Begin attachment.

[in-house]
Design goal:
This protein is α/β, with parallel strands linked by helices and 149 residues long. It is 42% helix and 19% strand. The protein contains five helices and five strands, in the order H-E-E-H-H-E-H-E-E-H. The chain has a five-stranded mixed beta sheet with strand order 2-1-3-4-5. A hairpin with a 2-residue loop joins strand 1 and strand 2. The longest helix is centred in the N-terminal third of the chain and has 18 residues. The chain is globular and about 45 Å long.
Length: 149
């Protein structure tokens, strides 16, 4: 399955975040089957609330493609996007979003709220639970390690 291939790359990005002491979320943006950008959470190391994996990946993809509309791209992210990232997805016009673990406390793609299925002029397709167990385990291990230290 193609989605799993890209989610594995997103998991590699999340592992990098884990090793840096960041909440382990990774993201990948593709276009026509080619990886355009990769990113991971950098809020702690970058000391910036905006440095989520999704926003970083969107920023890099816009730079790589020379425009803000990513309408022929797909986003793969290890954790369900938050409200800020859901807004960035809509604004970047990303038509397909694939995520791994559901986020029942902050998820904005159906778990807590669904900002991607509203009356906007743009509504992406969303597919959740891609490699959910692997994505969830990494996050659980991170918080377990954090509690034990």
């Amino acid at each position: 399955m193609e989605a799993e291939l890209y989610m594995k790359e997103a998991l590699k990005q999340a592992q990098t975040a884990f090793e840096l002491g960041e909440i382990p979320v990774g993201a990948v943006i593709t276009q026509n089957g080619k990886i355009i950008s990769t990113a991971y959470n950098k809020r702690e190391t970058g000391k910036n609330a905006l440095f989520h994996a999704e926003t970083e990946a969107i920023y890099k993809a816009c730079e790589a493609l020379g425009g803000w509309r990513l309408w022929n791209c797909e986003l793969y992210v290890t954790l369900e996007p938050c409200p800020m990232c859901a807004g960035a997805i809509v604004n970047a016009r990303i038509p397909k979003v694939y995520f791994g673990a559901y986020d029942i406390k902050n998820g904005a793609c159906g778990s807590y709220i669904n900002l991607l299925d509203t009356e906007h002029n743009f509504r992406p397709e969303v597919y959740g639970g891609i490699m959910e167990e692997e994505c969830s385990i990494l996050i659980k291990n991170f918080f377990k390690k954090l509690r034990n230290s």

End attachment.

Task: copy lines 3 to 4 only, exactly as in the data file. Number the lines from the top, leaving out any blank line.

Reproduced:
This protein is α/β, with parallel strands linked by helices and 149 residues long. It is 42% helix and 19% strand. The protein contains five helices and five strands, in the order H-E-E-H-H-E-H-E-E-H. The chain has a five-stranded mixed beta sheet with strand order 2-1-3-4-5. A hairpin with a 2-residue loop joins strand 1 and strand 2. The longest helix is centred in the N-terminal third of the chain and has 18 residues. The chain is globular and about 45 Å long.
Length: 149